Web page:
Bonnard’s broken brushstrokes and lively colors capture a fleeting moment in time. In fact, Girl in a Straw Hat looks a lot like an Impressionist painting. But that assessment of the work makes no sense—why would an artist who had found inspiration in Gauguin, a Post-Impressionist, be working in an earlier Impressionistic style? By the date 1903, Impressionism was considered old-fashioned and out-of-date.
But remember, I posited earlier the Bonnard like to go his own way. He himself admitted that he discovered Impressionism late. He wrote, “[Impressionism] came as a new enthusiasm, a sense of revelation and liberation” (quoted in T. Hyman, Bonnard, London 1998, p. 65).
In particular, Bonnard admired the work of Pierre-Auguste Renoir, who had by the early 20th century become a mentor to him. Girl in a Straw Hat is clearly inspired by Renoir, who painted ladies in hats over and over. See examples here at Städelsches Kunstinstitut und Städtische Galerie, Frankfurt, Germany; State Hermitage Museum in Russia; Musée des beaux-arts de Montréal in Canada; the Barnes Foundation in Philadelphia; and a painting sold by Christie’s in 2010. Other paintings of women in hats by Bonnard include Woman in A White Hat at the Philadelphia Museum of Art and Jeune femme au chapeau bleu sold by Christie’s in 2010.
But despite his interest in and connections to Impressionism, Bonnard was definitely not an Impressionist. He felt that Impressionism’s goal to catch the fleeting moment was not a deep enough reason to paint; he wanted to combine the momentary with the emotional. Instead of painting landscapes on site, he painted interiors, often from memory.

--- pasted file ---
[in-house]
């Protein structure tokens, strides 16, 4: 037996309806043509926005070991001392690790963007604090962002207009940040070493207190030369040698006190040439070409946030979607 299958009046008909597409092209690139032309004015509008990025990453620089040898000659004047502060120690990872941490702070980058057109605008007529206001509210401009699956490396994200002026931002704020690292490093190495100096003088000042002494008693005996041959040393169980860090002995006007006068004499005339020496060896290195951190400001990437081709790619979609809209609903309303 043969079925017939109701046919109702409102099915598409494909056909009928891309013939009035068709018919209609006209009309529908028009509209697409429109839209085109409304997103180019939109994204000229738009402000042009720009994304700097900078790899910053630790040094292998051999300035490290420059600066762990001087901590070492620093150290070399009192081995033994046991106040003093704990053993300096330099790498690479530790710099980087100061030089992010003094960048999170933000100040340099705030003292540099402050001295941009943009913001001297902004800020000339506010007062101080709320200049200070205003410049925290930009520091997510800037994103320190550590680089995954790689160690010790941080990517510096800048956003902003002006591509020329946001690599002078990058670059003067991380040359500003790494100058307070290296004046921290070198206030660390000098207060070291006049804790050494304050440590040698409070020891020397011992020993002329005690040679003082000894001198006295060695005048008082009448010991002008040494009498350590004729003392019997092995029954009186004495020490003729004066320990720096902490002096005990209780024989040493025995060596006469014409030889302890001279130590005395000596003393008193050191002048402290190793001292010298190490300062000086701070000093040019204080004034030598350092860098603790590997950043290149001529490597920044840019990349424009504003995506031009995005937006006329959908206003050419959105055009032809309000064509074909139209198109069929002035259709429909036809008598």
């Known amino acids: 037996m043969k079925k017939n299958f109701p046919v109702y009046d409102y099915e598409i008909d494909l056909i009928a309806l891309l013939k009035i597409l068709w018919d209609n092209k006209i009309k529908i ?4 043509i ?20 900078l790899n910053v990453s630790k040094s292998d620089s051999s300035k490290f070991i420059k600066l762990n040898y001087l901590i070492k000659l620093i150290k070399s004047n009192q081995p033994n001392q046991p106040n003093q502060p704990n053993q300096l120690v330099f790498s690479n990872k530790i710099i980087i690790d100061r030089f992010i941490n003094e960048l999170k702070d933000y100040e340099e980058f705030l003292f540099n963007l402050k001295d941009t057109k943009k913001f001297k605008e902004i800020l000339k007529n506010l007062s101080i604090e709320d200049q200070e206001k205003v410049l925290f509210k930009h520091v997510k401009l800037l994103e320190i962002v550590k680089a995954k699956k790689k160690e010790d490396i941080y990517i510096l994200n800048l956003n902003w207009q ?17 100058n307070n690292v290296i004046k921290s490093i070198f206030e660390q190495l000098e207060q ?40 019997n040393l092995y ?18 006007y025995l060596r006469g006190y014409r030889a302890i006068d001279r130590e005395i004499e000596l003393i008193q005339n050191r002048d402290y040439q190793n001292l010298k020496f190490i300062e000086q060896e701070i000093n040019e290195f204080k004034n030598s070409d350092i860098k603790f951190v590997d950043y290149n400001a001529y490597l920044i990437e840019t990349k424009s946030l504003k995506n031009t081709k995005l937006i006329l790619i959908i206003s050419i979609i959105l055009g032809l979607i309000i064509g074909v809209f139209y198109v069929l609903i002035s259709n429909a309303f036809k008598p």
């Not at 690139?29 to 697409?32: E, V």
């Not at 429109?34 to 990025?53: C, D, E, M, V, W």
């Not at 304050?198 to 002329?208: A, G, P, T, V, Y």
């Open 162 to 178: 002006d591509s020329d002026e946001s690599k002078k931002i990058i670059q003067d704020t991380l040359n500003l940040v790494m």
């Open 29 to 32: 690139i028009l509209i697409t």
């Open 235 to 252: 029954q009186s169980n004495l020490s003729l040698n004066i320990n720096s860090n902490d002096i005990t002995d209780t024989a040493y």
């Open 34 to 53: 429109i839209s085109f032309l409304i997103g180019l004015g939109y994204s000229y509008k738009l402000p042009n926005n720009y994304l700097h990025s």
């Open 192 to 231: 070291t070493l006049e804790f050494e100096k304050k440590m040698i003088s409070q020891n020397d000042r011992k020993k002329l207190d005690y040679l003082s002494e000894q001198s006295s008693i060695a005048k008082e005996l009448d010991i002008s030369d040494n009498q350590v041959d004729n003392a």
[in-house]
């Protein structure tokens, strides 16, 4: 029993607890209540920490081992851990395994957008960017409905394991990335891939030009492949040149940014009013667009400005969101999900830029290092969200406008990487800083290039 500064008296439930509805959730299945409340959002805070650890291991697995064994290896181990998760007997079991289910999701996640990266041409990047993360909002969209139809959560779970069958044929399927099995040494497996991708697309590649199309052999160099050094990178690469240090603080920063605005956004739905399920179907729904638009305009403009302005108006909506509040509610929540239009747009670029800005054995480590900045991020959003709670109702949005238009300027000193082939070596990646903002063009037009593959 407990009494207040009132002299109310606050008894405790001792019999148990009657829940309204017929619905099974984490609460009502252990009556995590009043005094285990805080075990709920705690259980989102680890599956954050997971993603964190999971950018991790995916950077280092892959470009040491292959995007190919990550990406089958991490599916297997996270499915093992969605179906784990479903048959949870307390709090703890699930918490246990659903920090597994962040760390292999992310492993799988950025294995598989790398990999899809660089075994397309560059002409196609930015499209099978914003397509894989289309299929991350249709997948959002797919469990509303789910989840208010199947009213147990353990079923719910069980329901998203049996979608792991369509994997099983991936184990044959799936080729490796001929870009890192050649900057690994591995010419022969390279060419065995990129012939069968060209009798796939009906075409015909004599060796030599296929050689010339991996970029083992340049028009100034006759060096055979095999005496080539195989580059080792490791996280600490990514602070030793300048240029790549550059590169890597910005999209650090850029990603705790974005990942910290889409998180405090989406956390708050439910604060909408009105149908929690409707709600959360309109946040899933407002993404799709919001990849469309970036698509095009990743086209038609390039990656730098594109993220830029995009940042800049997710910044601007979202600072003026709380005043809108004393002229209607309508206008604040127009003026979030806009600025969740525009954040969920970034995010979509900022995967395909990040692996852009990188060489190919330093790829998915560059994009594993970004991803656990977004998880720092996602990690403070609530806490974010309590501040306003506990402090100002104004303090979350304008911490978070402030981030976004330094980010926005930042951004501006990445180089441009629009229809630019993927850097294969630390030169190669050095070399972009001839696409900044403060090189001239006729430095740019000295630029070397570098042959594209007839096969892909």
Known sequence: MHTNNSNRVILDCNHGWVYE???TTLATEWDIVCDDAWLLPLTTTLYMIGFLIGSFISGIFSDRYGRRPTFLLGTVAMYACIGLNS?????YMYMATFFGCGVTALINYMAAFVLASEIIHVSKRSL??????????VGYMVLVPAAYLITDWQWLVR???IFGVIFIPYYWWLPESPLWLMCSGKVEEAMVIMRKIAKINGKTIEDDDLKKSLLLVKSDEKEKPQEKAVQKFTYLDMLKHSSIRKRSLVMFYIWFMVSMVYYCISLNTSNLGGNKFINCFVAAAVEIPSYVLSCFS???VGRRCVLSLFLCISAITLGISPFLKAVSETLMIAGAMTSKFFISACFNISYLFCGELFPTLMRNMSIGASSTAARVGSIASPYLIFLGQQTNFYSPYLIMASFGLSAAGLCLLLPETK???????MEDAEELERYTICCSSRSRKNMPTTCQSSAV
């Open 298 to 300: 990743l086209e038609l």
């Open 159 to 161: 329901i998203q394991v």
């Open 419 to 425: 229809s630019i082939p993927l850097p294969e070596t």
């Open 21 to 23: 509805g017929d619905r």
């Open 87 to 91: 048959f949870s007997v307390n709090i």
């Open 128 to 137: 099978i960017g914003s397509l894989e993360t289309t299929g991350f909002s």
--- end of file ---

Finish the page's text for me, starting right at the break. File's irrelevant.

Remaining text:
Just look at the difference between nudes painted by Bonnard and Renoir. Bonnard shows his un-idealized ladies (usually his wife) in domestic interiors. Renoir shows his idealized women in the dappled sunlight of the out-of-doors.
In fact, Bonnard’s preference to paint private, quiet interior scenes with psychological tension was given its own name: Intimism. A great example of Bonnard’s Intimist approach is Mirror on the Wash Stand in the Pushkin Museum in Moscow. Even the Museum’s seemingly straight-forward composition in Girl in a Straw Hat demonstrates Intimism. Although she stands in front of you, as if ready to converse, in reality her gaze looks past you because she seems lost in her own thoughts. She is giving us more than a fleeting moment, she is exhibiting psychological intrigue.
Do you find her gaze sticking in your mind?
Throughout the early 20th century, Bonnard continues to experiment with his art. He tried to figure out how to use all of the techniques and influences in his arsenal to produce the best reflection of the real and imaginary: the decorative patterning of the Nabis, the flattening of space found in Japanese woodblock prints, the broken brushstrokes of the Impressionist, and the vibrant color used by Gauguin and the Fauves to evoke mood.
In the last phase of his career, from the 1930s until he died in 1947, Bonnard painted at Le Cannet in Southern France where he had purchased a house. The over three hundred works that he created there are imbued with the seductive light and color of Southern France. During this period, the culmination of his amazing career, he abstracted the natural world into colors and forms, creating canvases are to be experienced rather than “read.” The Milwaukee Art Museum has one of the largest and most important works from this period, View from the Artist’s Studio, Le Cannet, pictured above.
So, this summer in Milwaukee, take advantage of the opportunity to see works by this complex and fascinating artist whose complete career—early and late, prints and paintings—is on view at the Museum. Posters of Paris will be on view until September 9, but these masterworks from Milwaukee’s Permanent Collection will continue to be on view for your enjoyment.
Catherine Sawinski is the Assistant Curator of Earlier European Art. When not handling the day-to-day running of the European art department and the Museum’s Fine Arts Society, she researches the collection of Ancient and European artwork before 1900.